Acid House Icon Mr. C on the Realities of Dance Music
“How underground is an underground DJ when he’s being paid ten, fifteen, twenty thousand dollars a show?”
When he first stepped into the spotlight in the mid-‘80s, Richard West (aka Mr. C) was at the center of the UK’s acid house movement, one of the zeniths of electronic dance music. As a headlining DJ, label owner, nightclub impresario and frontman for ‘90s techno-pop stars the Shamen, there is little he hasn’t accomplished over an almost 30-year career. But that hasn’t halted his ambition. After decades in London, Mr. C moved to Los Angeles in 2010, right as electronic music was experiencing another apex moment—probably its highest ever.
This pinnacle means endless opportunity, as well as additional challenges for the community of artists who make up EDM’s immense industry. And unlike his previously held kingpin stature in London, Mr. C faces today’s conditions as something of an upstart, laboring over his Superfreq label and events brand with the sort of commitment to quality rarely found in today’s hit-and-run DJ culture.
Insomniac sat down with West over coffee in a shaded canyon of Echo Park to discuss the trials (and some triumphs) of the current state of dance music in Los Angeles and beyond.
We’re supposed to discuss the “state of electronic music.” So, uh, what are you listening to these days?
Listening to lots of good stuff. But there is a lot of music coming out right now that is being made by numbers. A lot of the young kids are getting involved because they see all these star DJs getting all the adulation and thinking, “I can do that.” And with the software so cheap and easy to use now, pretty much anybody can start making music for virtually nothing. I feel that’s really taken down the quality of music in the last few years.
Also, it’s so easy to digitally release a record now and get someone to distribute it. That’s leading DJs to be lazy with their shopping and their selection. That’s taking down the quality of what the end-user is listening to on the dancefloor.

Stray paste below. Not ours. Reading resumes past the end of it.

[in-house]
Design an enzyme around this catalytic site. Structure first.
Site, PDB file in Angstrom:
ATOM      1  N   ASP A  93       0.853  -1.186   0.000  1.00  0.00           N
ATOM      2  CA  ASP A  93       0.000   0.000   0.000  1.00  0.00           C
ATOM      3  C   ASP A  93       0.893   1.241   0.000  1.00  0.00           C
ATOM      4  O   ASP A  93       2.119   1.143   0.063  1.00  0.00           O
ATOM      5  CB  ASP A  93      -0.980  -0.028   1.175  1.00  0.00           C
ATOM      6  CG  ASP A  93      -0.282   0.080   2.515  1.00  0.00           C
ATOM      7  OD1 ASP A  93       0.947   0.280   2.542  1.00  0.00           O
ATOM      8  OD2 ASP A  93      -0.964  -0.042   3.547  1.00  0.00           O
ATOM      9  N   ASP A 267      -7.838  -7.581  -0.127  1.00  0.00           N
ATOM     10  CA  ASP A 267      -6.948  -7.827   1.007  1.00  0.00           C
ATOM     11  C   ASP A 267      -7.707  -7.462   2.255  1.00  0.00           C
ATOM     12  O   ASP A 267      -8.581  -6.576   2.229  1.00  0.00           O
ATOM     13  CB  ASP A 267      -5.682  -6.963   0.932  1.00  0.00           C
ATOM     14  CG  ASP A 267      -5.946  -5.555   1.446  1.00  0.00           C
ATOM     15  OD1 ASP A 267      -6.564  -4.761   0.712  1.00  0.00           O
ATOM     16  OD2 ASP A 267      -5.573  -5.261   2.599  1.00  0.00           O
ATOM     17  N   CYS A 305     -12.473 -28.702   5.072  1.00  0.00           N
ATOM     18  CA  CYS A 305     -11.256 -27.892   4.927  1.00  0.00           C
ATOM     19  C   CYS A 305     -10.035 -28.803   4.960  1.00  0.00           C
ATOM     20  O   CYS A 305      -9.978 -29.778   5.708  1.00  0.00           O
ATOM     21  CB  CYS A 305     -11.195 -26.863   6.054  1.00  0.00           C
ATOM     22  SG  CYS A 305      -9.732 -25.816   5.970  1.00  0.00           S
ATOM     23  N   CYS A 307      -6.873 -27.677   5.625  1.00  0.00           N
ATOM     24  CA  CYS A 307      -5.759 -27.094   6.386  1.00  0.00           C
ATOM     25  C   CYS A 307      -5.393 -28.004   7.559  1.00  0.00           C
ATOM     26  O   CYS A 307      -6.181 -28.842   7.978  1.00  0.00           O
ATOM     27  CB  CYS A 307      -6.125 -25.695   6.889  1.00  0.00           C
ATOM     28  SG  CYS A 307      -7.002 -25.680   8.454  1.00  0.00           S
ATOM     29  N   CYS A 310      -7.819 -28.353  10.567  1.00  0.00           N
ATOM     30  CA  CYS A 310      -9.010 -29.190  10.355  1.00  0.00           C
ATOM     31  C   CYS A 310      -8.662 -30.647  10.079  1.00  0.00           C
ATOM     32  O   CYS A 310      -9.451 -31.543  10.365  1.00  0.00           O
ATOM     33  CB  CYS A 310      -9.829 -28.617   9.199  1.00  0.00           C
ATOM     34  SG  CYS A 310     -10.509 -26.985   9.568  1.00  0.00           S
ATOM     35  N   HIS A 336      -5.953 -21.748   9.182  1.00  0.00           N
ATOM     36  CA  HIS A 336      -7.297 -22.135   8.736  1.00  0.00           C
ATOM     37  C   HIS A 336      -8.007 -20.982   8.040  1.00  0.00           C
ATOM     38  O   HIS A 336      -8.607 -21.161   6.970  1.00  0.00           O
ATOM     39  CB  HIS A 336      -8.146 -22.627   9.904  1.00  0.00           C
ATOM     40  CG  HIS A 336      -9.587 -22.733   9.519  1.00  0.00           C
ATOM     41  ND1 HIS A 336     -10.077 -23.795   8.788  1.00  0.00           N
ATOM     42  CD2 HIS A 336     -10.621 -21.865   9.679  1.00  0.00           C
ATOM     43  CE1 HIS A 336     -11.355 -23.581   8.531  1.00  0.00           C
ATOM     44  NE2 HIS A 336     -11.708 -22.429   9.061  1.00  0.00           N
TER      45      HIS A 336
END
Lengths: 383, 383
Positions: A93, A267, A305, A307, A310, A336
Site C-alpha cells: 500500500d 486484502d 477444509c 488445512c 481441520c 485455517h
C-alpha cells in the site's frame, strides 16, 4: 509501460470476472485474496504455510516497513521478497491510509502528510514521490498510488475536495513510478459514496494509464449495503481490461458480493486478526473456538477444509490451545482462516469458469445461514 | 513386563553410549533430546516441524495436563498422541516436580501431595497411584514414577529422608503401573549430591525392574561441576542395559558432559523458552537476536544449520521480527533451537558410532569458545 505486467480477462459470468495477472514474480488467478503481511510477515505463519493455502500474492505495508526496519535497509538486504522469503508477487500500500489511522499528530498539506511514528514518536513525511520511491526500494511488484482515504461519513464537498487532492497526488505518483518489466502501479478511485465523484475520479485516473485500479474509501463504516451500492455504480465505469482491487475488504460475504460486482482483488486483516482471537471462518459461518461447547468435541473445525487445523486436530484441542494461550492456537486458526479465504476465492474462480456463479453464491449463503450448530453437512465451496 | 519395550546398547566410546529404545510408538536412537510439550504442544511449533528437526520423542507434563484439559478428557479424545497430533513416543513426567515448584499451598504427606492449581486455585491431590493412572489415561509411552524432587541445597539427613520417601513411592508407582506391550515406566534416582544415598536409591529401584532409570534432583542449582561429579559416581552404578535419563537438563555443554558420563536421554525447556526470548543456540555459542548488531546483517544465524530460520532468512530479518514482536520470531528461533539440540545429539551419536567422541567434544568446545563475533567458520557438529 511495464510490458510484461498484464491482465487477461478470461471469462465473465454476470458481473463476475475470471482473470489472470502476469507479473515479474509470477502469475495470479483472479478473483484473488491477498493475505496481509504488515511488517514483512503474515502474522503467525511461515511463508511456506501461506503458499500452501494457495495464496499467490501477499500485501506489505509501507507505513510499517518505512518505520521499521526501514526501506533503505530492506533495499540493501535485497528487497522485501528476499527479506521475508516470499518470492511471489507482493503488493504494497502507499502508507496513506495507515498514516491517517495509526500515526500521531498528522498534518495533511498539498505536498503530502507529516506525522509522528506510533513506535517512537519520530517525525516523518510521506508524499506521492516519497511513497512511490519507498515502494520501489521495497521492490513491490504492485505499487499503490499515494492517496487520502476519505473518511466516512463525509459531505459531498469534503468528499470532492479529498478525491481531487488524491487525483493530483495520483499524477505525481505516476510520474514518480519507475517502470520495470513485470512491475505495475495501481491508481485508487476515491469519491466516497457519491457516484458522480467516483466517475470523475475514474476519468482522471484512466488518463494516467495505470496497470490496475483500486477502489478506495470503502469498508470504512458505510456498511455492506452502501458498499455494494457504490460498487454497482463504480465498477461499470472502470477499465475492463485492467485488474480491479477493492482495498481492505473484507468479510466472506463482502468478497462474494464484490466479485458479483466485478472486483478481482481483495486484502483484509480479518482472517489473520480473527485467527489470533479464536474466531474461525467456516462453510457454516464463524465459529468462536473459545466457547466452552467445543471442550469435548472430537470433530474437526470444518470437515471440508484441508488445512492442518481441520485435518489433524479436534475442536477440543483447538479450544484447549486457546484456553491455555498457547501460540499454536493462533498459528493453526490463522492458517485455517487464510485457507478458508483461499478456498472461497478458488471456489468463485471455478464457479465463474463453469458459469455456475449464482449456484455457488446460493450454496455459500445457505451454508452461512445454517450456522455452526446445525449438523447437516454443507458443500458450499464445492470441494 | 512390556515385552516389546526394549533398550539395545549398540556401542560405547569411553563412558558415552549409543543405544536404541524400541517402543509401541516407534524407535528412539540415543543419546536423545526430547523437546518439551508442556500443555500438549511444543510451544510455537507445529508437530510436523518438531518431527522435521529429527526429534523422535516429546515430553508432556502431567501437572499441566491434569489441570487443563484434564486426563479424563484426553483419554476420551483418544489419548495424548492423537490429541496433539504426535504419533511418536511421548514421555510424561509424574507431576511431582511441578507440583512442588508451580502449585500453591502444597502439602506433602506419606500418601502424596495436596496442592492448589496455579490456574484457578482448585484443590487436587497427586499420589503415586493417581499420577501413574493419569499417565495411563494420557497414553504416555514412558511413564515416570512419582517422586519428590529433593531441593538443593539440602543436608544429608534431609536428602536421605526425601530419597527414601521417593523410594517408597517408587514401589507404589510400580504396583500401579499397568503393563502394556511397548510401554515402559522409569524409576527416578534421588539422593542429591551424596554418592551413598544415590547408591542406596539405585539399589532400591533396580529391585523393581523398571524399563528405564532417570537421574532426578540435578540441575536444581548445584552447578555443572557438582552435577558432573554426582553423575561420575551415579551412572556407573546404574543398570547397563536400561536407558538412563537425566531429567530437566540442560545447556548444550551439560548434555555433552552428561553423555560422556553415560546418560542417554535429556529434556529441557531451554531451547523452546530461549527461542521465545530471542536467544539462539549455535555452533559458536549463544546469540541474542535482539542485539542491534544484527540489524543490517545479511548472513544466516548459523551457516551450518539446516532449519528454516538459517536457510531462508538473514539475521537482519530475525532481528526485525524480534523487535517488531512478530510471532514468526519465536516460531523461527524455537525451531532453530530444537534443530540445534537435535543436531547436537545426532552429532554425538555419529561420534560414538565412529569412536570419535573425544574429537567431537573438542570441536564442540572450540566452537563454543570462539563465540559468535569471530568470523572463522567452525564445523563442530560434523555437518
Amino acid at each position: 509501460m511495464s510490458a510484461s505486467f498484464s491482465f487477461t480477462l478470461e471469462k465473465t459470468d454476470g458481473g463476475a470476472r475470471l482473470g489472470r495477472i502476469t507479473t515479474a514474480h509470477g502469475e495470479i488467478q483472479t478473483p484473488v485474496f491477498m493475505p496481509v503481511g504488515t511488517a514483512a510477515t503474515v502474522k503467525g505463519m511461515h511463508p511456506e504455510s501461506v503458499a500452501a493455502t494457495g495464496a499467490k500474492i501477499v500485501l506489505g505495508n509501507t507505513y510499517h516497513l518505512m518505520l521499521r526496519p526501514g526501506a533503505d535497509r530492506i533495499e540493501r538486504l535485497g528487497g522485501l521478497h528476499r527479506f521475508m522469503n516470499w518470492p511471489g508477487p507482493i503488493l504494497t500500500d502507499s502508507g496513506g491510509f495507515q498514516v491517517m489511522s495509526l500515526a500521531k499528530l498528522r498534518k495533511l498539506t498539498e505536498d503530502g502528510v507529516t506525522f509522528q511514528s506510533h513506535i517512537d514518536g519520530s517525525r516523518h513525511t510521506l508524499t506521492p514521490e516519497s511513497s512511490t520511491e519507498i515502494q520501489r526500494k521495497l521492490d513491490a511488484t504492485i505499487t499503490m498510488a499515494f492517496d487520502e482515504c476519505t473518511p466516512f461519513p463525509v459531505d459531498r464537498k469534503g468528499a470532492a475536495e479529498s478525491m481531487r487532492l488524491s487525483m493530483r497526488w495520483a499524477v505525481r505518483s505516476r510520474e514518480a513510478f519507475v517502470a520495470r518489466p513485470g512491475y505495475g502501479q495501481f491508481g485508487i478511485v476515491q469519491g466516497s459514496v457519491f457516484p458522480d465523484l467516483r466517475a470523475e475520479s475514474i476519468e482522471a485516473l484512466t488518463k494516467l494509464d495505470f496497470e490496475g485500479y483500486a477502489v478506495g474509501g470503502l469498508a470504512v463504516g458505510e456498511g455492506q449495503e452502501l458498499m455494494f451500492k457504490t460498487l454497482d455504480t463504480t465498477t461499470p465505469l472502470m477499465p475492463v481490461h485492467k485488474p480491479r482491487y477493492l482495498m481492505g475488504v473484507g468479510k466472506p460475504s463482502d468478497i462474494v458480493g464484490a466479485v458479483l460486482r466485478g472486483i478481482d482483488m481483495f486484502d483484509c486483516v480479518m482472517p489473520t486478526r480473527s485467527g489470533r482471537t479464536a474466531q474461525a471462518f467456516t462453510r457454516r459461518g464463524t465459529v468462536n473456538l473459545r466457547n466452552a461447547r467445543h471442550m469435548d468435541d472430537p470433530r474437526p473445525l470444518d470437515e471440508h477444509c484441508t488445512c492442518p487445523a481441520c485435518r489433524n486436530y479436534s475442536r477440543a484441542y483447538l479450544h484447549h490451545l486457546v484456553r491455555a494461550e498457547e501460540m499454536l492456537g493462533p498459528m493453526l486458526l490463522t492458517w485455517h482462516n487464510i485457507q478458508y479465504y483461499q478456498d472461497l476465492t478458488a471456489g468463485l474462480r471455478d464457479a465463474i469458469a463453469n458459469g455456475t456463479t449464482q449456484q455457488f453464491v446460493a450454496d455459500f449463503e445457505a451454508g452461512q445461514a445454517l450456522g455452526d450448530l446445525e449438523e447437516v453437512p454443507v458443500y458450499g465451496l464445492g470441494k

So not a very optimistic view?
No, it’s not. But at the same time, there are a lot of people who are making a lot of effort. So now you gotta put it down to the DJs and distributors, getting them to raise their own bar. Some digital distributors just don’t care. They’ll release about anything, sell 100 downloads and get their little bit of money. It’s not like they’re wasting warehouse space storing vinyl that they can’t sell. There should be some sort of standard that digital distributors stick to—or at least have a connection with the labels they work with. Take a stand and say, “We believe in these labels that we work with,” rather than just taking on loads of labels.
It’s not good. I go out, and I’m hearing music that sounds like I’ve heard it all before, but it’s allegedly new. Is that the best that we’ve got? Then there are other DJs who make an effort and have their own sound. So it’s a little swings and roundabouts. You lose it on the swings and gain it on the roundabouts.
The good thing is that amongst all the rubbish, with so many people making music, there has to be a larger net sum of good music out there. The more the music crosses over, and the more people want to do it, more will come through.
Maybe we should define what exactly you’re talking about, with “dance music” being so broad.
I’m talking about the so-called “underground.” I’m not even thinking about David Spaguetta. Those guys are so far removed from my world, we might as well be talking about trash metal. I’m talking about supposedly futuristic dancefloors. You still have big-name DJs earning a shitload of money. How underground is an underground DJ when he’s being paid ten, fifteen, twenty thousand dollars a show?
“Back in the day, DJs played other people’s records and helped to celebrate life and tear dancefloors apart and set roofs on fire. That’s what DJing was meant to be about.”
Why does money matter?
Money matters because you have to play a certain style of music to obtain that—or stand there in your god pose, with hands in the air, every breakdown. It’s gotta be one or the other. The ones that have their hands in the air are gonna have the people screaming, and that’s where the problem begins. You get a 21-year-old on the dancefloor thinking, “I wish that was me.”